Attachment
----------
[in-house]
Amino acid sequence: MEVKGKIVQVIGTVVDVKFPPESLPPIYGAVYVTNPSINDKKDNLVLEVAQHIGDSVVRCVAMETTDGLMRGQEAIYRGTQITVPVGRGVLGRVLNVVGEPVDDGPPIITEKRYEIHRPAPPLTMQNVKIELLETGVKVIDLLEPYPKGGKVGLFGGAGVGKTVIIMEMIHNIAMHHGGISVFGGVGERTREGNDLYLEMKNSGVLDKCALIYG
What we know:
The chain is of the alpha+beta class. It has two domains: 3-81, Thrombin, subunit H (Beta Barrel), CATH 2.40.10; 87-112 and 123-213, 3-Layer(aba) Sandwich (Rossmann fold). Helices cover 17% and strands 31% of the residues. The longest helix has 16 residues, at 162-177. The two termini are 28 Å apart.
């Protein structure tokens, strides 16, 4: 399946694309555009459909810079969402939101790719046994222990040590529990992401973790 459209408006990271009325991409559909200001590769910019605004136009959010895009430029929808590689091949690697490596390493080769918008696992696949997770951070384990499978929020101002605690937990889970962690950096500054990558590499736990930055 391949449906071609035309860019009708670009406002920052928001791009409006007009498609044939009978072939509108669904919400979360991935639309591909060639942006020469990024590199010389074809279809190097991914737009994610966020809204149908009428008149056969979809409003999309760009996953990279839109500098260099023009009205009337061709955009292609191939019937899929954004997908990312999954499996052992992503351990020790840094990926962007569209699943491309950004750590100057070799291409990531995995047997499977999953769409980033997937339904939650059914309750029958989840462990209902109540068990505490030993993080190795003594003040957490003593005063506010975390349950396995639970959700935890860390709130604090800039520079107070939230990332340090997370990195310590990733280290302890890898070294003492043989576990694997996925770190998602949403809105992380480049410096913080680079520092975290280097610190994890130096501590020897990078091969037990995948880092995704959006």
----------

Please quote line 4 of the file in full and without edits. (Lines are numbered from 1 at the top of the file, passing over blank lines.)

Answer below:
The chain is of the alpha+beta class. It has two domains: 3-81, Thrombin, subunit H (Beta Barrel), CATH 2.40.10; 87-112 and 123-213, 3-Layer(aba) Sandwich (Rossmann fold). Helices cover 17% and strands 31% of the residues. The longest helix has 16 residues, at 162-177. The two termini are 28 Å apart.